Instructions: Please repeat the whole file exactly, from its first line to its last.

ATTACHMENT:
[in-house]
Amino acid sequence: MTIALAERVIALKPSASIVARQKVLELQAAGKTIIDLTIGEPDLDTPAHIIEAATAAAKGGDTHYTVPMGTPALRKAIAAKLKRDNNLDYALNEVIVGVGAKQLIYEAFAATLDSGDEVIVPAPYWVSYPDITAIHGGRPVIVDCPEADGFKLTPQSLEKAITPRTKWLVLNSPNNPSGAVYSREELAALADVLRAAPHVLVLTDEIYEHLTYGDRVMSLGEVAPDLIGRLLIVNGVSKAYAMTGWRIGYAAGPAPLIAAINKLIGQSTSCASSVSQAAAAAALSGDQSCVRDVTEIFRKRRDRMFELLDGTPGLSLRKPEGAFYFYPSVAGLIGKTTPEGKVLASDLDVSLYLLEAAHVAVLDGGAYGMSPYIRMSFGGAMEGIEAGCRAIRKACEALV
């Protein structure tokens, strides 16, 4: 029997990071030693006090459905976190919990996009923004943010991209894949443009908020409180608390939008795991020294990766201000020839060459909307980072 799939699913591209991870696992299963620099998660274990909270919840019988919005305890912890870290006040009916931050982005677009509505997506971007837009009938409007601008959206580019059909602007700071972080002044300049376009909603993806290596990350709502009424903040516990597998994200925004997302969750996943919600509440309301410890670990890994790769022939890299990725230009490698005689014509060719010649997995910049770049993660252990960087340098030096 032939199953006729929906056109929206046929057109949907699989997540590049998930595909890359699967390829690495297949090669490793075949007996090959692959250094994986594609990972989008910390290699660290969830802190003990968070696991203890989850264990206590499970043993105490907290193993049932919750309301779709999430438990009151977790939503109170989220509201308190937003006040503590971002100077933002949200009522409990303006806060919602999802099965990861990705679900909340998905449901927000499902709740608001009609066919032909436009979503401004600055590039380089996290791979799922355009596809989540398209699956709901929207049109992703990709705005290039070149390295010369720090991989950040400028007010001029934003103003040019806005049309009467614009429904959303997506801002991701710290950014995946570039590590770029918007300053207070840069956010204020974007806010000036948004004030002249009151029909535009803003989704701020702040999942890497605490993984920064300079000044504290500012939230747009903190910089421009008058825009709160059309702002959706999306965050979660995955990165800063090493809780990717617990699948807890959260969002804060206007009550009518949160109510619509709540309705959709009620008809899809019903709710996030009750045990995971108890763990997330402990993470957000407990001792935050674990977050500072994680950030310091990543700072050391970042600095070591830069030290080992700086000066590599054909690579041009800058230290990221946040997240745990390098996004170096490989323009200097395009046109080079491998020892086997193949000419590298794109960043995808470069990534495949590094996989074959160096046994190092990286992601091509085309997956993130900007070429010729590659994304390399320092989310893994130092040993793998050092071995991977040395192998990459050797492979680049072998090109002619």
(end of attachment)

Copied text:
[in-house]
Amino acid sequence: MTIALAERVIALKPSASIVARQKVLELQAAGKTIIDLTIGEPDLDTPAHIIEAATAAAKGGDTHYTVPMGTPALRKAIAAKLKRDNNLDYALNEVIVGVGAKQLIYEAFAATLDSGDEVIVPAPYWVSYPDITAIHGGRPVIVDCPEADGFKLTPQSLEKAITPRTKWLVLNSPNNPSGAVYSREELAALADVLRAAPHVLVLTDEIYEHLTYGDRVMSLGEVAPDLIGRLLIVNGVSKAYAMTGWRIGYAAGPAPLIAAINKLIGQSTSCASSVSQAAAAAALSGDQSCVRDVTEIFRKRRDRMFELLDGTPGLSLRKPEGAFYFYPSVAGLIGKTTPEGKVLASDLDVSLYLLEAAHVAVLDGGAYGMSPYIRMSFGGAMEGIEAGCRAIRKACEALV
């Protein structure tokens, strides 16, 4: 029997990071030693006090459905976190919990996009923004943010991209894949443009908020409180608390939008795991020294990766201000020839060459909307980072 799939699913591209991870696992299963620099998660274990909270919840019988919005305890912890870290006040009916931050982005677009509505997506971007837009009938409007601008959206580019059909602007700071972080002044300049376009909603993806290596990350709502009424903040516990597998994200925004997302969750996943919600509440309301410890670990890994790769022939890299990725230009490698005689014509060719010649997995910049770049993660252990960087340098030096 032939199953006729929906056109929206046929057109949907699989997540590049998930595909890359699967390829690495297949090669490793075949007996090959692959250094994986594609990972989008910390290699660290969830802190003990968070696991203890989850264990206590499970043993105490907290193993049932919750309301779709999430438990009151977790939503109170989220509201308190937003006040503590971002100077933002949200009522409990303006806060919602999802099965990861990705679900909340998905449901927000499902709740608001009609066919032909436009979503401004600055590039380089996290791979799922355009596809989540398209699956709901929207049109992703990709705005290039070149390295010369720090991989950040400028007010001029934003103003040019806005049309009467614009429904959303997506801002991701710290950014995946570039590590770029918007300053207070840069956010204020974007806010000036948004004030002249009151029909535009803003989704701020702040999942890497605490993984920064300079000044504290500012939230747009903190910089421009008058825009709160059309702002959706999306965050979660995955990165800063090493809780990717617990699948807890959260969002804060206007009550009518949160109510619509709540309705959709009620008809899809019903709710996030009750045990995971108890763990997330402990993470957000407990001792935050674990977050500072994680950030310091990543700072050391970042600095070591830069030290080992700086000066590599054909690579041009800058230290990221946040997240745990390098996004170096490989323009200097395009046109080079491998020892086997193949000419590298794109960043995808470069990534495949590094996989074959160096046994190092990286992601091509085309997956993130900007070429010729590659994304390399320092989310893994130092040993793998050092071995991977040395192998990459050797492979680049072998090109002619």